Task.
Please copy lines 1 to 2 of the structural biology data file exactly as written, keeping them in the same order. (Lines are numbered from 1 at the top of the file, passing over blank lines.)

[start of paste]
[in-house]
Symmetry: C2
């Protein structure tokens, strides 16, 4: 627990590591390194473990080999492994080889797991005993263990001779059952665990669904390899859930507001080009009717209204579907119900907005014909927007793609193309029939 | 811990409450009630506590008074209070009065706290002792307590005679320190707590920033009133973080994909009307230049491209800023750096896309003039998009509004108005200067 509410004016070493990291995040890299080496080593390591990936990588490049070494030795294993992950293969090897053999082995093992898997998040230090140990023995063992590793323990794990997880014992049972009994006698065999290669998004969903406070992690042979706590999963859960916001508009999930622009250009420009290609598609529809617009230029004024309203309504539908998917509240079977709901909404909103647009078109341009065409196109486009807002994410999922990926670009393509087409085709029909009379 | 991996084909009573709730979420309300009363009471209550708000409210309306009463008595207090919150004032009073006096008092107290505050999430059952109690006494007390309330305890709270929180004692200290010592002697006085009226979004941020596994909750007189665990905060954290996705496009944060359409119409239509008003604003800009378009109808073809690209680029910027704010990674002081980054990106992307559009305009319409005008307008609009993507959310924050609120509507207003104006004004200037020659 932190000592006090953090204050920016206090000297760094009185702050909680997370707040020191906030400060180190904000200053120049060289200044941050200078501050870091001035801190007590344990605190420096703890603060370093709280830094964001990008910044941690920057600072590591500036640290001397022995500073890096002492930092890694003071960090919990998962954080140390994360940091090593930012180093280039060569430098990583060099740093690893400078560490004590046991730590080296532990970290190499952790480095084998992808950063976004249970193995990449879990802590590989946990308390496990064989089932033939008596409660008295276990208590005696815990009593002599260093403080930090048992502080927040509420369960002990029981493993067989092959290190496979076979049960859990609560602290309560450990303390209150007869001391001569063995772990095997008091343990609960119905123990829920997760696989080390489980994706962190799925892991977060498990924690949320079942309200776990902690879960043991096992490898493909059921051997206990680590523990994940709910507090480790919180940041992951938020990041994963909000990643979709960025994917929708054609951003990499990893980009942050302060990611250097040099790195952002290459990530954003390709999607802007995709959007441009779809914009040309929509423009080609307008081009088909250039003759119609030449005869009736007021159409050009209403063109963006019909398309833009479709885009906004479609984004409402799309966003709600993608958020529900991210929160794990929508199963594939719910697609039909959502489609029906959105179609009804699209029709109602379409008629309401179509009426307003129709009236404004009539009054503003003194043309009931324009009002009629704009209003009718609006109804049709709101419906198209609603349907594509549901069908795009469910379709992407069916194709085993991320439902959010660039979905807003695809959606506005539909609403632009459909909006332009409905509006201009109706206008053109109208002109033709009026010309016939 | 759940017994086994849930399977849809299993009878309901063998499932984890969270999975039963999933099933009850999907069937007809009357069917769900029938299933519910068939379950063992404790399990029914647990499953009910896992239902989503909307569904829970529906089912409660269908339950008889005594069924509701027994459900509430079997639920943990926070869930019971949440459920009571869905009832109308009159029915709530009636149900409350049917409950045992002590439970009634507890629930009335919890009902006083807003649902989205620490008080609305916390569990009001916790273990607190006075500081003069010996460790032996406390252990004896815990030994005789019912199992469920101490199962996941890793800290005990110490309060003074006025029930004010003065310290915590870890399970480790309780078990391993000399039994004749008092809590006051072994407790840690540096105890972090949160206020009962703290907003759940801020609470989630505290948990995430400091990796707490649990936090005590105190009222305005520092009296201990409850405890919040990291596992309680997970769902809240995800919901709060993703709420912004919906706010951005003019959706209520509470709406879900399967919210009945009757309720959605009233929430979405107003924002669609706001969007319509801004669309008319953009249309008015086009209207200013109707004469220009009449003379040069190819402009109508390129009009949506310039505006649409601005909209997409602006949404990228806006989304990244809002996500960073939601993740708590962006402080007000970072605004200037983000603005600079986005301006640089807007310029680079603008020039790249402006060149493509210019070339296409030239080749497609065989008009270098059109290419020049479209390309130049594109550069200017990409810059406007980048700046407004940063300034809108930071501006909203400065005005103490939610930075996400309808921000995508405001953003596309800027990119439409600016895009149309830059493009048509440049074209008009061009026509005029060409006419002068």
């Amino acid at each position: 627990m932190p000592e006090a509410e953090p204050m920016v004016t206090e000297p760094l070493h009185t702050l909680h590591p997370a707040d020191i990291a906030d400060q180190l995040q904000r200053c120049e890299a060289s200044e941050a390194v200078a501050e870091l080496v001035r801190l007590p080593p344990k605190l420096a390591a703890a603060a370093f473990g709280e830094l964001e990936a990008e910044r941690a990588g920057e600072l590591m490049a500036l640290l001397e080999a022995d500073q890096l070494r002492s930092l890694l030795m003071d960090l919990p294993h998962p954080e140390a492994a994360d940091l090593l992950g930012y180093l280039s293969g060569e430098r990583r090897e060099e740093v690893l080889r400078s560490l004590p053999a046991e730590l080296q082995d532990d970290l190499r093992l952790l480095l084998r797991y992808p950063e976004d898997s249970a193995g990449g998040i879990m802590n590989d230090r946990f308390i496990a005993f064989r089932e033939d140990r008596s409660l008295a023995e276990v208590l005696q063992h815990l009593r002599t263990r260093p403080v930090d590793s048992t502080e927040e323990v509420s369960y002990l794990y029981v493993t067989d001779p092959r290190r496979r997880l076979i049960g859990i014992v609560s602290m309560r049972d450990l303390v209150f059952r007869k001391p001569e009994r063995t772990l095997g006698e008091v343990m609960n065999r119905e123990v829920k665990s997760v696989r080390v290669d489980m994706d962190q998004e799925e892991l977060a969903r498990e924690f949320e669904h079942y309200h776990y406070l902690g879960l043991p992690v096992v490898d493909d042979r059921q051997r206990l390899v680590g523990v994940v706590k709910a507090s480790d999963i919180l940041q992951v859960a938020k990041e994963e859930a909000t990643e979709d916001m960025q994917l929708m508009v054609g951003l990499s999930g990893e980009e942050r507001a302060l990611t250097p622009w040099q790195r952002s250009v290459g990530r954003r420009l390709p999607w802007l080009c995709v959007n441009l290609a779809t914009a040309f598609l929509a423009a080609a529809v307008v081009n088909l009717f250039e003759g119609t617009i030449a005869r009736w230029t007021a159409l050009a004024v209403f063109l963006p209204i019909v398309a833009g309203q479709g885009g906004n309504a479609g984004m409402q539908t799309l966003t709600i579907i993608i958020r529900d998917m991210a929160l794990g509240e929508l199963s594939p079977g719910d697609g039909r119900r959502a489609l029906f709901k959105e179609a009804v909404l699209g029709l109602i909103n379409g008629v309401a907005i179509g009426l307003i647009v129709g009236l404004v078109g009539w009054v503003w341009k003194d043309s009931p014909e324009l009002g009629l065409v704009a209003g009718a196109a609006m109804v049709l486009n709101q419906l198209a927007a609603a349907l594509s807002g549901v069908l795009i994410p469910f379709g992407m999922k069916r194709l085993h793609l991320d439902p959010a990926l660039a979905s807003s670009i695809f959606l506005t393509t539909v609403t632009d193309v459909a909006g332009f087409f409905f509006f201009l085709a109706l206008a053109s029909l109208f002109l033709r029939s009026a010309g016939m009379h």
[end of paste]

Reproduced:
[in-house]
Symmetry: C2